How do scammers in your community connect with you?

Do you trust me because I speak Spanish? That sounds like a strange question, but in some communities – and in some situations – it could be enough for someone to trust a stranger.

At the Fraud Affects Every Community workshop recently held at FTC headquarters, we heard from panelists living and working in diverse communities about ways scammers are using language, shared customs, relationships and community practices to steal people’s money.

Scammers might speak your language, share your culture or beliefs, and even attend your place of worship. They might understand the hard personal situations you’re facing – like job loss, immigration status, money woes, or family emergencies. They might come from the same country, neighborhood, or community as you. They might even be a community leader – or have convinced a community leader to help them get the word out about their product or service... which may turn out to be a scam.  

Consider these scenarios:

  • You get a call from someone who speaks the same language you do, selling you a work-at-home program. You feel comfortable with them, so you share personal information and stories. Before you know it, this feels like someone you can trust. But this could be a set-up. Scammers often use personal connections to make you feel comfortable – and get close enough to get your money.
  • You identify with an ad on TV or radio featuring someone who looks or sounds like you. Because you identify with the person in the ad, you might believe what they’re saying. But not every ad is true. It could have been made, and paid for, by a scammer. Ads aren’t reviewed by an outside organization to make sure they’re legitimate before they run. You have to do your own research.
  • Someone claiming to be a lawyer or government official tells you about a debt you need to pay, or asks you to buy something. In your community, highly-educated people, officials, and experts might command a lot of respect. But are they really the experts they claim to be? Check out their claims before you give them information or money. 

You can spot possible scammers in your community, no matter who they seem to be. Whenever someone urges you to pay for something – stop. Check them out. Ask lots of questions, and do your own research on the company, person or product. Take your time deciding before giving your hard-earned money, or personal and financial information, to anyone. 

Suspect a scam? Tell us about it! File a complaint with the FTC, or call 1-877-FTC-HELP.


why are the obvious still advertised?
envelope stuffing

I was scammed over the Internet And would like to know if there is anything I can do and is there anything that could be done so other woman might not fall into the Same scam like I did, there are people on the Internet claiming yo be American Soilders, if only I had knowen more info about this scammers on the Internet before hand maybe I would have thought twice, some one needs stress this matter, and would there be any way to get some relieve out of this scam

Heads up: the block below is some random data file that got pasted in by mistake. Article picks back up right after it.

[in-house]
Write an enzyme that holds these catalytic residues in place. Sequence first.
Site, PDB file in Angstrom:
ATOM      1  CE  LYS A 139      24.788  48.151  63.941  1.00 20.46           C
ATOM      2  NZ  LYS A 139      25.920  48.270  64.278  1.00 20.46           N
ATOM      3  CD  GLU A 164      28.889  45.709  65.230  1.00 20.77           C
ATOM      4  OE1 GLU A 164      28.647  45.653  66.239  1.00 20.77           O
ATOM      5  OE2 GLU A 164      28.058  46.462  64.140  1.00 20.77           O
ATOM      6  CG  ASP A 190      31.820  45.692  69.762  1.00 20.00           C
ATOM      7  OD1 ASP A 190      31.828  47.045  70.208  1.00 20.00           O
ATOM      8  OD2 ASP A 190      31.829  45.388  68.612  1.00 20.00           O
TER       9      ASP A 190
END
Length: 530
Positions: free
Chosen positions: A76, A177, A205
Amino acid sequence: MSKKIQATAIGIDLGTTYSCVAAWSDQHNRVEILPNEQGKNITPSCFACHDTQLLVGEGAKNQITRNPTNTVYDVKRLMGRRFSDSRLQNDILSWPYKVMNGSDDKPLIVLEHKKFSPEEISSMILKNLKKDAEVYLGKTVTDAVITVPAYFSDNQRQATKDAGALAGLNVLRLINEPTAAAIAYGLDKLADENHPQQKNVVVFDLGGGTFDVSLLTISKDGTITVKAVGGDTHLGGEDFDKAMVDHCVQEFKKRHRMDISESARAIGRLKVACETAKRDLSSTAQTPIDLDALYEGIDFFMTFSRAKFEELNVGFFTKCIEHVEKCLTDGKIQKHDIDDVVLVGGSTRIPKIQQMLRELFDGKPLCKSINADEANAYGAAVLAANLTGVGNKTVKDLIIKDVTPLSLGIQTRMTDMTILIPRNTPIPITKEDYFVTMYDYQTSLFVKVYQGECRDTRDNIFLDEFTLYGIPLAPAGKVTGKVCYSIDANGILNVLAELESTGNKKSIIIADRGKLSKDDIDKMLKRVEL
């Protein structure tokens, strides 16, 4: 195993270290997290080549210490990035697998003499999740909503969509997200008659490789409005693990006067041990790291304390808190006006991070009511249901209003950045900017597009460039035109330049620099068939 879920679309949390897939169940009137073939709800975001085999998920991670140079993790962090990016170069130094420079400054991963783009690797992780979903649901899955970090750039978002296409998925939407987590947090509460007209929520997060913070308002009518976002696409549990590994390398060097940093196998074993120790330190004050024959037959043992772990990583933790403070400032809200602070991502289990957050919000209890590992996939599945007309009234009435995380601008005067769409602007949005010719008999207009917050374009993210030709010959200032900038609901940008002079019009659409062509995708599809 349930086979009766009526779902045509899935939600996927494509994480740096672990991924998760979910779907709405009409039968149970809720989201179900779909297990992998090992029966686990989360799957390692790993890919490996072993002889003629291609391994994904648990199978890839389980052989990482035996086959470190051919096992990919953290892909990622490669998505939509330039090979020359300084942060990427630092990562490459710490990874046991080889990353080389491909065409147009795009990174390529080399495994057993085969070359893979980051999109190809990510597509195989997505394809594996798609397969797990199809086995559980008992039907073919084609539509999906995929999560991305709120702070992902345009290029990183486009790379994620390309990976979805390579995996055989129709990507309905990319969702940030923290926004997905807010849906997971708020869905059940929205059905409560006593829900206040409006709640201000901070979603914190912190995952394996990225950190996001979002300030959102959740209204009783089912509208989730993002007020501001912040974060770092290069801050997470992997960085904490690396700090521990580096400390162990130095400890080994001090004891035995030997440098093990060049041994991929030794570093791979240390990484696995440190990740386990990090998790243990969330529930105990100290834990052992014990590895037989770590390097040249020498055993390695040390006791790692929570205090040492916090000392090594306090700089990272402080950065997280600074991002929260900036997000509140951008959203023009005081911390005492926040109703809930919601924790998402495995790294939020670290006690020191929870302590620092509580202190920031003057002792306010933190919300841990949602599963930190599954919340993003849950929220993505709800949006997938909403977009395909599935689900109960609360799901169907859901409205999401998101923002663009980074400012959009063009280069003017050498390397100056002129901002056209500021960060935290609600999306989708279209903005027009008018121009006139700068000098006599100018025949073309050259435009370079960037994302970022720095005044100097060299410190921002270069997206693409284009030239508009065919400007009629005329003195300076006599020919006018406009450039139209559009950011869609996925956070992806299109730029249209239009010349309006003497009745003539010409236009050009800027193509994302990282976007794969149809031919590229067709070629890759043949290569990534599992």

I appreciate the attention on this matter as I have learned that these people doing these scams are probably out of Nigeria Ghana West Africa , these people steal real MILITERY mens photos and use them to ask for money and say that they are non commissioned officer, I feel for this, and I've paid dearly. I was devasted once I found out the truth. I have found the real MILITERY man and have spoken to his family and they have been also upset and disturbed that there family and his identiy where used to do these scams mainly to women. I lost a lot of money and even had a sale to sell items to help this scammer, it made me sick to find out the truth but the damage was done. I do in prayers ask that these people will be put to a stop. I have followed this scammer on the Internet and was able to save a lot of women until he cought on to what I was doing, pl get this word out thank you

Please get this out to the public especially the facebook user and also on the Y Messanger these are where these scams are taking place.

I shutoff charitable requests by telling the caller I do not make donations over the phone and that I will consider written correspondence. Of course they give you a line like we can't provide anything because we are a charity, this is the way we collect money, etc. TOUGH you want me to consider giving to your charity then follow my rules. No other comments will be accepted.

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